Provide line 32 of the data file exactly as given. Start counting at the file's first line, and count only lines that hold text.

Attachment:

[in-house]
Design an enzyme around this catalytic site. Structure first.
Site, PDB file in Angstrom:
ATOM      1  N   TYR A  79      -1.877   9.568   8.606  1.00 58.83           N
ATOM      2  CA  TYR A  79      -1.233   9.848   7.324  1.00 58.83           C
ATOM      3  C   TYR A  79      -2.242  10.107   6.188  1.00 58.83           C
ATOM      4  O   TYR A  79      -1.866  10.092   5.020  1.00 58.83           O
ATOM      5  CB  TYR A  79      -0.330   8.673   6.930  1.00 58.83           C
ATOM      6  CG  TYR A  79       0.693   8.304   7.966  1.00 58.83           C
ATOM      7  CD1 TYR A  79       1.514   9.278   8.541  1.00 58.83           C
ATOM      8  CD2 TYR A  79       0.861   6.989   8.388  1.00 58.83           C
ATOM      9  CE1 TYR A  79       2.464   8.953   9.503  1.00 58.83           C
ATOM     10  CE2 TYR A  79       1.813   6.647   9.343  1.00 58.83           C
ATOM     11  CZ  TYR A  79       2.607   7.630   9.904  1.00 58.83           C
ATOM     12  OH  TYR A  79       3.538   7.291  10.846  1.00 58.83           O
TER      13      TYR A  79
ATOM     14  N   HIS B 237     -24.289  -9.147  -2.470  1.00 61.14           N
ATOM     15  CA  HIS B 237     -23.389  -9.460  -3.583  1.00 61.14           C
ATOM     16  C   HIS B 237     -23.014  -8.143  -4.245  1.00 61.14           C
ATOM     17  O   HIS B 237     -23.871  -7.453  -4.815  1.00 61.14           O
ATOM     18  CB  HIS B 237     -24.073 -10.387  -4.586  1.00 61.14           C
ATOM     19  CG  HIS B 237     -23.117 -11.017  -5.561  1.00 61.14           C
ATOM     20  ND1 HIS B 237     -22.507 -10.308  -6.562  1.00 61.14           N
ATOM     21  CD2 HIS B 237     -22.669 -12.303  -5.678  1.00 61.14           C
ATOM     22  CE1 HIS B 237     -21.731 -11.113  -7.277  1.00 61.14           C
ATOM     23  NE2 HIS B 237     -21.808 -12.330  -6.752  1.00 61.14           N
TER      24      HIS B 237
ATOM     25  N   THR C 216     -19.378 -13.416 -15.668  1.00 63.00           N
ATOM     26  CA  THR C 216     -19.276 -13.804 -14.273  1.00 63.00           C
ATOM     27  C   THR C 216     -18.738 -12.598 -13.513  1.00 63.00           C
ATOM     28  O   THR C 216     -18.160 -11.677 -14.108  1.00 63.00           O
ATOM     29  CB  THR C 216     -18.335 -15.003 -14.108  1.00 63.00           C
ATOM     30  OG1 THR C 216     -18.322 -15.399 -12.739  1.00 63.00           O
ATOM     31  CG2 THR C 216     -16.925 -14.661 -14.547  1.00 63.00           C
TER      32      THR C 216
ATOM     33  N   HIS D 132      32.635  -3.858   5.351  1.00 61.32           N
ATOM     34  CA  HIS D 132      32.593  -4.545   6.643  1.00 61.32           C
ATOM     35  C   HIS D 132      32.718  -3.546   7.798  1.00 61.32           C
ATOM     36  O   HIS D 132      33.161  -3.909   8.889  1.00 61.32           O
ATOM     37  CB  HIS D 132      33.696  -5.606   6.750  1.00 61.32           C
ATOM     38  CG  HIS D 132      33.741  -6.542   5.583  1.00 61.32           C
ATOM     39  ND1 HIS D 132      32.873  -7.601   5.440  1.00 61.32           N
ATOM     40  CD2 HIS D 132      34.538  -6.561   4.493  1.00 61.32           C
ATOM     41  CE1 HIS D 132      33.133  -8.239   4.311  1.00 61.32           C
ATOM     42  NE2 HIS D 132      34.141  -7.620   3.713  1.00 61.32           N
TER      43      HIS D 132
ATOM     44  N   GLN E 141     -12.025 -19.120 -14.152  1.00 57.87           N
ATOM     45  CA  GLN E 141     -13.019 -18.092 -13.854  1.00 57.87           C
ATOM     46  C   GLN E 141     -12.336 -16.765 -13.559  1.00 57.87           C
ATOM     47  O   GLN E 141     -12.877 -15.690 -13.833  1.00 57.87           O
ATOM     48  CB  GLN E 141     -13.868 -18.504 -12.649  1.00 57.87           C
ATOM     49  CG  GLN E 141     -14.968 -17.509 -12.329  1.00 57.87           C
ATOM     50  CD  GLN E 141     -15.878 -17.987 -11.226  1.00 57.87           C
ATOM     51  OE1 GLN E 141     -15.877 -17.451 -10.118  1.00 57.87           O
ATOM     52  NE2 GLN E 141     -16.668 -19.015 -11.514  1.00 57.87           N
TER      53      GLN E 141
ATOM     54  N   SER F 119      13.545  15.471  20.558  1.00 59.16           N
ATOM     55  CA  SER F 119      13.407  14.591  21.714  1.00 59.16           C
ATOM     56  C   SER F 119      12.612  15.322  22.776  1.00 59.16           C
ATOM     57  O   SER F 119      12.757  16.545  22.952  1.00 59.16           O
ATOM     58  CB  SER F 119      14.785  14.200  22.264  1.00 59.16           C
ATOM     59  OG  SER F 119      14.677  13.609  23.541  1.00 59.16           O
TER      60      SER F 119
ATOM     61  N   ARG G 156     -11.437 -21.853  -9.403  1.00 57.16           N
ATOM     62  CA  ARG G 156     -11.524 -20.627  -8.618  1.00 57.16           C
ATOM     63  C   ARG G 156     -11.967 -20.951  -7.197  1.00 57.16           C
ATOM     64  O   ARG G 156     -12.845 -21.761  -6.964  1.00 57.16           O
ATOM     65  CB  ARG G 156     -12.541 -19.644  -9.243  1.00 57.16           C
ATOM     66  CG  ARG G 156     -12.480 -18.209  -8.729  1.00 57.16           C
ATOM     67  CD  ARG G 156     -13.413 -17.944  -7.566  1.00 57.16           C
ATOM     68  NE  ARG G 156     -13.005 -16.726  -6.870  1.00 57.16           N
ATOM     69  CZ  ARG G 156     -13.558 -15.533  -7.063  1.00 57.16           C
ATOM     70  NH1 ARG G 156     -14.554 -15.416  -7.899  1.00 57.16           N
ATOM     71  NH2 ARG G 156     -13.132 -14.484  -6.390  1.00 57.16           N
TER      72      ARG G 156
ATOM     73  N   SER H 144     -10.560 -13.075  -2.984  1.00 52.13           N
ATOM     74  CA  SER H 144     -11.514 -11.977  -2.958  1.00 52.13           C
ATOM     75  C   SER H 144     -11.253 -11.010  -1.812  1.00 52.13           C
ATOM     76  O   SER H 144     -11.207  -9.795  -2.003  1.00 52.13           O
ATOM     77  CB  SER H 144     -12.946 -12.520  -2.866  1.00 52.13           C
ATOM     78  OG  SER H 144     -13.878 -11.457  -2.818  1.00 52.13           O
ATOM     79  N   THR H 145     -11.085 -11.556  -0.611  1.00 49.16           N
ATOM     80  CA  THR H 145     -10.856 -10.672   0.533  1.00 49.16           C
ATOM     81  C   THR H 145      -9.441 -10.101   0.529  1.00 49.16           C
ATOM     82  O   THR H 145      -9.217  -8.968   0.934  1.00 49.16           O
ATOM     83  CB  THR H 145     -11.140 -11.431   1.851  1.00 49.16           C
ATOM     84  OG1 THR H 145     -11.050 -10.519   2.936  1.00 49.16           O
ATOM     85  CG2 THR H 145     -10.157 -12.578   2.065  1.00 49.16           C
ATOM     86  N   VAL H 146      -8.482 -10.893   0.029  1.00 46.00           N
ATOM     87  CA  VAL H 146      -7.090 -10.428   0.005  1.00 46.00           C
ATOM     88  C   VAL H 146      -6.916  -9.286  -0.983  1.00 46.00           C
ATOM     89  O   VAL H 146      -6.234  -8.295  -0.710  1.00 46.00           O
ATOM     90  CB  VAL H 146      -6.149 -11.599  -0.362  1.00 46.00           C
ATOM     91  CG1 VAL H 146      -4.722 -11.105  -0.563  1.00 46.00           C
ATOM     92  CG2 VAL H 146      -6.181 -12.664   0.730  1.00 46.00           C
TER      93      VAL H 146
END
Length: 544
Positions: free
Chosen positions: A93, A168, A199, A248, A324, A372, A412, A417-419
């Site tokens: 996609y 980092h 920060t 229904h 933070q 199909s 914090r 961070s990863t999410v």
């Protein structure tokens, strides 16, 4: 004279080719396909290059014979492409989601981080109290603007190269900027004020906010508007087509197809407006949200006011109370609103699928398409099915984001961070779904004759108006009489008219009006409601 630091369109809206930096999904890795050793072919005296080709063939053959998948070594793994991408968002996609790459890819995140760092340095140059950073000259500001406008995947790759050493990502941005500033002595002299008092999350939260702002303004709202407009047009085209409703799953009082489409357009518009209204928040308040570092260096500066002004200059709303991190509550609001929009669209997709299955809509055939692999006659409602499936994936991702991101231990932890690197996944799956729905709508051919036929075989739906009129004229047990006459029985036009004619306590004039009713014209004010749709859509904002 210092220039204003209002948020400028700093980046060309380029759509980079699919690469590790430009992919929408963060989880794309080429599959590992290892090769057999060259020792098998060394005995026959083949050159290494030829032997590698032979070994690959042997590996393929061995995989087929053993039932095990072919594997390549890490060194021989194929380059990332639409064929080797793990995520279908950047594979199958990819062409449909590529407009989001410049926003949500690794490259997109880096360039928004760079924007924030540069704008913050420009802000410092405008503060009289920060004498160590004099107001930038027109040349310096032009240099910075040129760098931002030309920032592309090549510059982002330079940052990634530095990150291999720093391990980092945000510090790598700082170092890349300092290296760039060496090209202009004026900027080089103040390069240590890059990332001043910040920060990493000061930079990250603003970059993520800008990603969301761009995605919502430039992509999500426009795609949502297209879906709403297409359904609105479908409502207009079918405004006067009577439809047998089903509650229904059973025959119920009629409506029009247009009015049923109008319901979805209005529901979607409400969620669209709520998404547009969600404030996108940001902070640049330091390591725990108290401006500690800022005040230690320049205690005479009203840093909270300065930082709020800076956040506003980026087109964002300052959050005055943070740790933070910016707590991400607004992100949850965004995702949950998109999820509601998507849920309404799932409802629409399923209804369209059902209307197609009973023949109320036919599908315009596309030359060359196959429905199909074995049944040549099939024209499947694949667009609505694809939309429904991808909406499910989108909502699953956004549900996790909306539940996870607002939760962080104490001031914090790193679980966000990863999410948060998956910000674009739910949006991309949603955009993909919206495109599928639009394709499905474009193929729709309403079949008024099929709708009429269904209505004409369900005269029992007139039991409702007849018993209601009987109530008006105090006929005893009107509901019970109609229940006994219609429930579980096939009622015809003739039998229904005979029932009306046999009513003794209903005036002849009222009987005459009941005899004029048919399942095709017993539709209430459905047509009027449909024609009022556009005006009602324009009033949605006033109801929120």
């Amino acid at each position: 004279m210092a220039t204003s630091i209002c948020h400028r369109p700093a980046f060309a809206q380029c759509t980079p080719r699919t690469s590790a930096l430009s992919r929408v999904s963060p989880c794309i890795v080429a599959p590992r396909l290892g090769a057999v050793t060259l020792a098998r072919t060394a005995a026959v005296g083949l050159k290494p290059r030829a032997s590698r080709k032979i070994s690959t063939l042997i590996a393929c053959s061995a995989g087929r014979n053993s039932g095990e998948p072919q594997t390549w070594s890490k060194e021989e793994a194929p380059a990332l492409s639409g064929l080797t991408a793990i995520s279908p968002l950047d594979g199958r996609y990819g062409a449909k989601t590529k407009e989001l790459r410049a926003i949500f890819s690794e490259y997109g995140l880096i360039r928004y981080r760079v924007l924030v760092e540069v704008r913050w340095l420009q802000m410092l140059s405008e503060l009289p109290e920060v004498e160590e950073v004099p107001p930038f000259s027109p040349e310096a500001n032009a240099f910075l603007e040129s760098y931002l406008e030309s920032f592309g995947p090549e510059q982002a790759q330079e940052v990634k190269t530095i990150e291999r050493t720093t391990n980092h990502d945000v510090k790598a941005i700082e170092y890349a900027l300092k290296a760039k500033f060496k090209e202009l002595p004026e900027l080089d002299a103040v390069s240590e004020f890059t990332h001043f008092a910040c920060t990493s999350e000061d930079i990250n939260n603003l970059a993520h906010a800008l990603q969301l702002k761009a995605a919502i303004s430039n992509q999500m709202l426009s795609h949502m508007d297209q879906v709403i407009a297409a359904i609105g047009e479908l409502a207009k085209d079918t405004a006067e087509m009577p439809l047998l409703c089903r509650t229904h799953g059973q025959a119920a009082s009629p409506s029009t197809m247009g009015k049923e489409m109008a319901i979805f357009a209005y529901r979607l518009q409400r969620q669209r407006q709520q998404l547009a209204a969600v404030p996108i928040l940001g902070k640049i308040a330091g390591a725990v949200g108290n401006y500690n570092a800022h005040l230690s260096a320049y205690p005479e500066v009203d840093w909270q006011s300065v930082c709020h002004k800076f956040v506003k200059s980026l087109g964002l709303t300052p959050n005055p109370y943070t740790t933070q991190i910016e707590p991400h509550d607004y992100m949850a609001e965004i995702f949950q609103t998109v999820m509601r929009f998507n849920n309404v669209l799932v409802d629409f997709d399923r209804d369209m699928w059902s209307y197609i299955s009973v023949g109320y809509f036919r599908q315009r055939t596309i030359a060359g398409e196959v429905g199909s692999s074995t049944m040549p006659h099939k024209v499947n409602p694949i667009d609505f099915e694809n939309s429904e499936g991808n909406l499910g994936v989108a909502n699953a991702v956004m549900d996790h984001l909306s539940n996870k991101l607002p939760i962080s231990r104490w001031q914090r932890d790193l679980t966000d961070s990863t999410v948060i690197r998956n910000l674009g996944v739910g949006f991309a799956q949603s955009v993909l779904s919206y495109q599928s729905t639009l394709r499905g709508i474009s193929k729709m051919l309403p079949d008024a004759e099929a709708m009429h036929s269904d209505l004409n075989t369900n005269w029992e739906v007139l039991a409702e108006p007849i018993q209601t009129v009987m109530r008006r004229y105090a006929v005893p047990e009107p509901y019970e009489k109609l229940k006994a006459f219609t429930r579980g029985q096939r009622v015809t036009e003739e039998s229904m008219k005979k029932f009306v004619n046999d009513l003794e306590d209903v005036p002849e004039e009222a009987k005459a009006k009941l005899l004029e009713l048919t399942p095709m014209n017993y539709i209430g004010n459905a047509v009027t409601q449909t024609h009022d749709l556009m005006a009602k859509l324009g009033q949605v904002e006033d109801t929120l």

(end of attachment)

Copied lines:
ATOM     29  CB  THR C 216     -18.335 -15.003 -14.108  1.00 63.00           C